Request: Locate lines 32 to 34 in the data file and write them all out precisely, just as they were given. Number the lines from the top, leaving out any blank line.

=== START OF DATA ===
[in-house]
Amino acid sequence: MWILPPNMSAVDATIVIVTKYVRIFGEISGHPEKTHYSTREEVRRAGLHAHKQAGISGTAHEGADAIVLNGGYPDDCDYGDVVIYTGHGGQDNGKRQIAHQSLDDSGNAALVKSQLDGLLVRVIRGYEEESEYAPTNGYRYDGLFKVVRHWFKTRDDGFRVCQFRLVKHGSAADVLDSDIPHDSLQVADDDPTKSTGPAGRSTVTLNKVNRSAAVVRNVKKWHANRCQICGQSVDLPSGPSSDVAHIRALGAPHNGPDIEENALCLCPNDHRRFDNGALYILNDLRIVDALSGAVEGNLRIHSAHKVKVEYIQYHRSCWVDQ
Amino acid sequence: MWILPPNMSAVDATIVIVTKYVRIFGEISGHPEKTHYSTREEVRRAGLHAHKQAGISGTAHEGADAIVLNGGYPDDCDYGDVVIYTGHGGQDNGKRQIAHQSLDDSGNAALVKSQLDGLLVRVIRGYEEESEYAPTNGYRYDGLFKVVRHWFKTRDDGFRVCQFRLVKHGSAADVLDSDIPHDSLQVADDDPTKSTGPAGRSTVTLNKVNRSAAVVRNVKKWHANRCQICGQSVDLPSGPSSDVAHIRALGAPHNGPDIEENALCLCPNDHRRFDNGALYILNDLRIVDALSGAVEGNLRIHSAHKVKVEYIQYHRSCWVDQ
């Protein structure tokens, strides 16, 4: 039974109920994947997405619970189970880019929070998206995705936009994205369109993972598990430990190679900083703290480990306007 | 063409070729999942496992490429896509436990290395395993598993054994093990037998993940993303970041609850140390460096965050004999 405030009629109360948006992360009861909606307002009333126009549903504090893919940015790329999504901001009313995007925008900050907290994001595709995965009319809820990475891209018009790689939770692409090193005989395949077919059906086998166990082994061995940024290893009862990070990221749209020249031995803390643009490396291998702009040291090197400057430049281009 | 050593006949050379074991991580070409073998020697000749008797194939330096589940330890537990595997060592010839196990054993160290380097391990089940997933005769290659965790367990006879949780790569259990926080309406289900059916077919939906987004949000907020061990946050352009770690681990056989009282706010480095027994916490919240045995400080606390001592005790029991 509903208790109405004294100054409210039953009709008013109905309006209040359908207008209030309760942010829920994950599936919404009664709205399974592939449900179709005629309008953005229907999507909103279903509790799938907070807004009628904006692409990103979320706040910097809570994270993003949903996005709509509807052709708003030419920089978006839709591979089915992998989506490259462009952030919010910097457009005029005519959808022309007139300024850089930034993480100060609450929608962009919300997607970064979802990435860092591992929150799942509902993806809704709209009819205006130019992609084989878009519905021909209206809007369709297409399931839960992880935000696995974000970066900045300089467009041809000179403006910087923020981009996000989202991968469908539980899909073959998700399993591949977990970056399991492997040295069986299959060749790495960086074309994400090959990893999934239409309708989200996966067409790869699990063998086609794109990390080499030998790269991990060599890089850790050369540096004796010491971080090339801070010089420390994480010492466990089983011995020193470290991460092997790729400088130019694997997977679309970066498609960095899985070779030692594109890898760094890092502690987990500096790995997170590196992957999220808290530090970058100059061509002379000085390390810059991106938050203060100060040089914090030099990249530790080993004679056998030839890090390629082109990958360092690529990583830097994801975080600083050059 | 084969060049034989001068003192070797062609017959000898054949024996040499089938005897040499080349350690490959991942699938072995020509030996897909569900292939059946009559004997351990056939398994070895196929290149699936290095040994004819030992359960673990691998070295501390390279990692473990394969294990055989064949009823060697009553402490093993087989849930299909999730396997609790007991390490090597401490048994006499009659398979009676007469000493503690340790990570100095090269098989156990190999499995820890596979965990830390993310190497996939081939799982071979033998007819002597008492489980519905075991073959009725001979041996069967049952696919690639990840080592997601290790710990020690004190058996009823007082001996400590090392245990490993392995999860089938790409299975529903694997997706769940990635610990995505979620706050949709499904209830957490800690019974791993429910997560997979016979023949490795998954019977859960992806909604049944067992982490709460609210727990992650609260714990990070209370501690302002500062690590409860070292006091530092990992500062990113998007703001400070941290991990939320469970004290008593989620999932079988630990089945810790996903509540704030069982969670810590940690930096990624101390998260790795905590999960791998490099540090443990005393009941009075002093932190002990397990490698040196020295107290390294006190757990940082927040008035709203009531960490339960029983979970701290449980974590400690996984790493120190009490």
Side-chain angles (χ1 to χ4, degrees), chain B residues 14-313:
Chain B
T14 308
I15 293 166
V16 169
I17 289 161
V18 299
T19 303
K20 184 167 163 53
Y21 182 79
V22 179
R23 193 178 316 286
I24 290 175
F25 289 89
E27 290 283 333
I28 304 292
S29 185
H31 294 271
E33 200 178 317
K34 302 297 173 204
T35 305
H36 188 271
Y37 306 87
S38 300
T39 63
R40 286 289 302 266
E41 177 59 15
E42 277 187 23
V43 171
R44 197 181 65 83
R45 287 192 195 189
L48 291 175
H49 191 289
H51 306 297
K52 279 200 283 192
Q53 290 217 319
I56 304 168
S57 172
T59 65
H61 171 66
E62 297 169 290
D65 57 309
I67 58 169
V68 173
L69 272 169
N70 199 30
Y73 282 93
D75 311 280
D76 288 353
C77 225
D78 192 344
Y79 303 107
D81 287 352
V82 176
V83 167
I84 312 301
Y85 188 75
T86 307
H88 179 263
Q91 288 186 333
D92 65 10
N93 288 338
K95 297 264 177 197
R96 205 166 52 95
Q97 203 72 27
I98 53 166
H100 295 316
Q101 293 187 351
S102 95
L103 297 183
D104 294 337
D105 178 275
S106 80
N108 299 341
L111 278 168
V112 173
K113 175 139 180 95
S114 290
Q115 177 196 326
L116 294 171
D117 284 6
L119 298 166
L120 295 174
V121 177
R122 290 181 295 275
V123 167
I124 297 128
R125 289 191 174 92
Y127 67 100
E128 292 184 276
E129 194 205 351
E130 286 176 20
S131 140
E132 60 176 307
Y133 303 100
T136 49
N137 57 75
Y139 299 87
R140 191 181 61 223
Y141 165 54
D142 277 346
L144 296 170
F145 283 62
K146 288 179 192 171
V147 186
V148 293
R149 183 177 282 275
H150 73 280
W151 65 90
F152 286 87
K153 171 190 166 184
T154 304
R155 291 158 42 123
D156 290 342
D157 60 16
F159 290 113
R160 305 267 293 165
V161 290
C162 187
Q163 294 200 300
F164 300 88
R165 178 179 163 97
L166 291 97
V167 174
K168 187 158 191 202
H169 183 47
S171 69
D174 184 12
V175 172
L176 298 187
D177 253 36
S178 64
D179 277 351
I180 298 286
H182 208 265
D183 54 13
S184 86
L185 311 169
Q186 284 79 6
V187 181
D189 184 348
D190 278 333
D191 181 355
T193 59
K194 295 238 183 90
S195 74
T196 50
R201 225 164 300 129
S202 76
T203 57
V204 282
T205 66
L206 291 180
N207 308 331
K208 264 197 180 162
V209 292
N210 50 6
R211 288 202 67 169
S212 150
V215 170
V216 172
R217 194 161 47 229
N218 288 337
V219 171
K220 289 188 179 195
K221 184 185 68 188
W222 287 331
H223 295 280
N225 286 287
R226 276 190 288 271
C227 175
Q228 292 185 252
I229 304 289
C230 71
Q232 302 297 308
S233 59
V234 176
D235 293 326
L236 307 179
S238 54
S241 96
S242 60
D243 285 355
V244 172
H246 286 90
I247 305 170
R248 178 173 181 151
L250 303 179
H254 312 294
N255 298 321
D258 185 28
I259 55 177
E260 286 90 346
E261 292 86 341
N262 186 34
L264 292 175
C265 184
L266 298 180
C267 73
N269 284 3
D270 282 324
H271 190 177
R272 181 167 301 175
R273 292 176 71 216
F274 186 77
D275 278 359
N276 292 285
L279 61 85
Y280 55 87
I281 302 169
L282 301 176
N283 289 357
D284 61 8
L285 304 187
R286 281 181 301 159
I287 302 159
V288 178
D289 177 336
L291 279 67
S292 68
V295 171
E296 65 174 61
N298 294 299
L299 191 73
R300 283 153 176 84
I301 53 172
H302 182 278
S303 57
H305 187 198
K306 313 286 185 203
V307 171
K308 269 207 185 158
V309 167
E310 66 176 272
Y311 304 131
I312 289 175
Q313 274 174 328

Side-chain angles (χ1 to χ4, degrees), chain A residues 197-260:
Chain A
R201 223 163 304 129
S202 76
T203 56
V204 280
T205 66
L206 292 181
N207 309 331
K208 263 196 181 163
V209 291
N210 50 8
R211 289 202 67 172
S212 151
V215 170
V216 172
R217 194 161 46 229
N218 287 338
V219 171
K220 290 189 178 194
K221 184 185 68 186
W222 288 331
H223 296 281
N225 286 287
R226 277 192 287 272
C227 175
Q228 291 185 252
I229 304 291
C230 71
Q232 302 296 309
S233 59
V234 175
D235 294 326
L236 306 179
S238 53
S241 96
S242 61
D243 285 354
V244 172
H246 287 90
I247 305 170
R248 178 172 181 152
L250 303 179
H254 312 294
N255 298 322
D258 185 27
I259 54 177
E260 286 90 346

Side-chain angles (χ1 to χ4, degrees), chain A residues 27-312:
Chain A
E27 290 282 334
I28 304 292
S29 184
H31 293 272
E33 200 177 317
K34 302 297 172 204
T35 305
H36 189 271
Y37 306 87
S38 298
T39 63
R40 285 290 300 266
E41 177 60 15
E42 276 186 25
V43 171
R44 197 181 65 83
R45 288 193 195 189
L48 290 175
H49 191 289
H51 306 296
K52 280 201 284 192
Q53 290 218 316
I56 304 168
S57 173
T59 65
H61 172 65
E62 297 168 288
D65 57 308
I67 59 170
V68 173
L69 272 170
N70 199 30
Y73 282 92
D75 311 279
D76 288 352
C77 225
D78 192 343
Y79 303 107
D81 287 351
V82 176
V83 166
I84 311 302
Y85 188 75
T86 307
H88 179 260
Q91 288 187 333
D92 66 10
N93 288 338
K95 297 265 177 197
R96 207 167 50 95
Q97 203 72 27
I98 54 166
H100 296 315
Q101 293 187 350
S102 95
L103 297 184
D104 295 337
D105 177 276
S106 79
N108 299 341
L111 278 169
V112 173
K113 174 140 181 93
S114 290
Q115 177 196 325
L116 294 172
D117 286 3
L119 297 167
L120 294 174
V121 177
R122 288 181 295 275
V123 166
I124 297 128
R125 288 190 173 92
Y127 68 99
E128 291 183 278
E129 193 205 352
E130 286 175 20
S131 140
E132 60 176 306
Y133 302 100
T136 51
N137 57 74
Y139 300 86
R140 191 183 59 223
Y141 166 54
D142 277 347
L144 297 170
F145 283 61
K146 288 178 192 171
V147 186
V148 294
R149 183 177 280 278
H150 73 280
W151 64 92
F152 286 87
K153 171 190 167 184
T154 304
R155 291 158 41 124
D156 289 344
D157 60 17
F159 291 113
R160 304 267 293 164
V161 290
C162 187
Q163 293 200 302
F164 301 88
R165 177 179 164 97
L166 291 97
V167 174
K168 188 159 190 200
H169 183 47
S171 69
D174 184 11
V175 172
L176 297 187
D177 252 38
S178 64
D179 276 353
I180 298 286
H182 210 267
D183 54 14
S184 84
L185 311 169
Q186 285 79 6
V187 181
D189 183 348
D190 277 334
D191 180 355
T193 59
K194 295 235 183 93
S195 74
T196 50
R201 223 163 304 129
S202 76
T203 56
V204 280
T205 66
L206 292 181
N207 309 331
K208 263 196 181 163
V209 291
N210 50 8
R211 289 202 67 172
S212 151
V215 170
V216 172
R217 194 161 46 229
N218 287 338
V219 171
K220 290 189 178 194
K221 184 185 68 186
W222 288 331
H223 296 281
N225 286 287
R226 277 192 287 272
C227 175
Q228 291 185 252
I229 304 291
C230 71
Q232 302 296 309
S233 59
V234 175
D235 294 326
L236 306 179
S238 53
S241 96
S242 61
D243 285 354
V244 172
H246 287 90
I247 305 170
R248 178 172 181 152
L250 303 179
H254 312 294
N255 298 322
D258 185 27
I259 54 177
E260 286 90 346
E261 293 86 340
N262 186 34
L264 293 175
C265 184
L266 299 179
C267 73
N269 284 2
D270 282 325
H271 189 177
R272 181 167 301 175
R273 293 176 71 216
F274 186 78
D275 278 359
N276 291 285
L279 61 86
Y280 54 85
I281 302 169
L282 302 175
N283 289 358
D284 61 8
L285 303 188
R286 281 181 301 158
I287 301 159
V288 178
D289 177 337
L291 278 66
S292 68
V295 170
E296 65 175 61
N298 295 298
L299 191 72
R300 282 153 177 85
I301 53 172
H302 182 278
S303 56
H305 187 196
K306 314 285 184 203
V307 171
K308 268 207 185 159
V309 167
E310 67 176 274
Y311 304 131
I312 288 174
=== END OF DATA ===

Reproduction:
E42 277 187 23
V43 171
R44 197 181 65 83